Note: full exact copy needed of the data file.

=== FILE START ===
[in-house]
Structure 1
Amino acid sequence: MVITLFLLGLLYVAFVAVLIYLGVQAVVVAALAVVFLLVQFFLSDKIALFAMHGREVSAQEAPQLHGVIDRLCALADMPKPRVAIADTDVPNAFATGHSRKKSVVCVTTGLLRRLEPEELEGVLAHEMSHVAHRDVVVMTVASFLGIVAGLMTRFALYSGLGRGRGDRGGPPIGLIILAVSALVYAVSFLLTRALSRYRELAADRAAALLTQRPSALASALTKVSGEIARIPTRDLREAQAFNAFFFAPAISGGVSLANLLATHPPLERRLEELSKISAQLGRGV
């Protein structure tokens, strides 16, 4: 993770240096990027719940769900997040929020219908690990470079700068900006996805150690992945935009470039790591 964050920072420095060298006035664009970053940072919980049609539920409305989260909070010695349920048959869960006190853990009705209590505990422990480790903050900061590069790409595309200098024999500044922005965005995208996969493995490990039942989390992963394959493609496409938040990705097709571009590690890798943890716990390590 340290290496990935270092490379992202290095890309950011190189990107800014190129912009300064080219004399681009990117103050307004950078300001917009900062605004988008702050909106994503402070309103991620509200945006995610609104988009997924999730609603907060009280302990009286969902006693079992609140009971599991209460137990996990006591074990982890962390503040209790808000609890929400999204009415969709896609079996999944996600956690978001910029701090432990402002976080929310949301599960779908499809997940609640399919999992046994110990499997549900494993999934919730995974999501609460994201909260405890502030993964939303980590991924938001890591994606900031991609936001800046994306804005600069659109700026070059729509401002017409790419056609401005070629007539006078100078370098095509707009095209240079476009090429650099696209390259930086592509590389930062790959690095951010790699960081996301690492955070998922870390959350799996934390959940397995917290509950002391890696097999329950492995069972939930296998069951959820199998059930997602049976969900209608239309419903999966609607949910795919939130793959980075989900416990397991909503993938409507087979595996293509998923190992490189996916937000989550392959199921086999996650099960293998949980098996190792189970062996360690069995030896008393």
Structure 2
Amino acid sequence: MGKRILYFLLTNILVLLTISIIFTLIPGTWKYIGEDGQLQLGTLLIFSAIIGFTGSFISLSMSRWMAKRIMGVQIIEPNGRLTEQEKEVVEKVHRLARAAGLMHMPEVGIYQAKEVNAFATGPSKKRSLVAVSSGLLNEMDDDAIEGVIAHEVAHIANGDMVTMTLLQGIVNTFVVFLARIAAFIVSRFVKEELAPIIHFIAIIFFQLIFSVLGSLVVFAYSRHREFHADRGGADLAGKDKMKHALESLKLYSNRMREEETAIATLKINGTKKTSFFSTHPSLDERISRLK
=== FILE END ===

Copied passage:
[in-house]
Structure 1
Amino acid sequence: MVITLFLLGLLYVAFVAVLIYLGVQAVVVAALAVVFLLVQFFLSDKIALFAMHGREVSAQEAPQLHGVIDRLCALADMPKPRVAIADTDVPNAFATGHSRKKSVVCVTTGLLRRLEPEELEGVLAHEMSHVAHRDVVVMTVASFLGIVAGLMTRFALYSGLGRGRGDRGGPPIGLIILAVSALVYAVSFLLTRALSRYRELAADRAAALLTQRPSALASALTKVSGEIARIPTRDLREAQAFNAFFFAPAISGGVSLANLLATHPPLERRLEELSKISAQLGRGV
């Protein structure tokens, strides 16, 4: 993770240096990027719940769900997040929020219908690990470079700068900006996805150690992945935009470039790591 964050920072420095060298006035664009970053940072919980049609539920409305989260909070010695349920048959869960006190853990009705209590505990422990480790903050900061590069790409595309200098024999500044922005965005995208996969493995490990039942989390992963394959493609496409938040990705097709571009590690890798943890716990390590 340290290496990935270092490379992202290095890309950011190189990107800014190129912009300064080219004399681009990117103050307004950078300001917009900062605004988008702050909106994503402070309103991620509200945006995610609104988009997924999730609603907060009280302990009286969902006693079992609140009971599991209460137990996990006591074990982890962390503040209790808000609890929400999204009415969709896609079996999944996600956690978001910029701090432990402002976080929310949301599960779908499809997940609640399919999992046994110990499997549900494993999934919730995974999501609460994201909260405890502030993964939303980590991924938001890591994606900031991609936001800046994306804005600069659109700026070059729509401002017409790419056609401005070629007539006078100078370098095509707009095209240079476009090429650099696209390259930086592509590389930062790959690095951010790699960081996301690492955070998922870390959350799996934390959940397995917290509950002391890696097999329950492995069972939930296998069951959820199998059930997602049976969900209608239309419903999966609607949910795919939130793959980075989900416990397991909503993938409507087979595996293509998923190992490189996916937000989550392959199921086999996650099960293998949980098996190792189970062996360690069995030896008393």
Structure 2
Amino acid sequence: MGKRILYFLLTNILVLLTISIIFTLIPGTWKYIGEDGQLQLGTLLIFSAIIGFTGSFISLSMSRWMAKRIMGVQIIEPNGRLTEQEKEVVEKVHRLARAAGLMHMPEVGIYQAKEVNAFATGPSKKRSLVAVSSGLLNEMDDDAIEGVIAHEVAHIANGDMVTMTLLQGIVNTFVVFLARIAAFIVSRFVKEELAPIIHFIAIIFFQLIFSVLGSLVVFAYSRHREFHADRGGADLAGKDKMKHALESLKLYSNRMREEETAIATLKINGTKKTSFFSTHPSLDERISRLK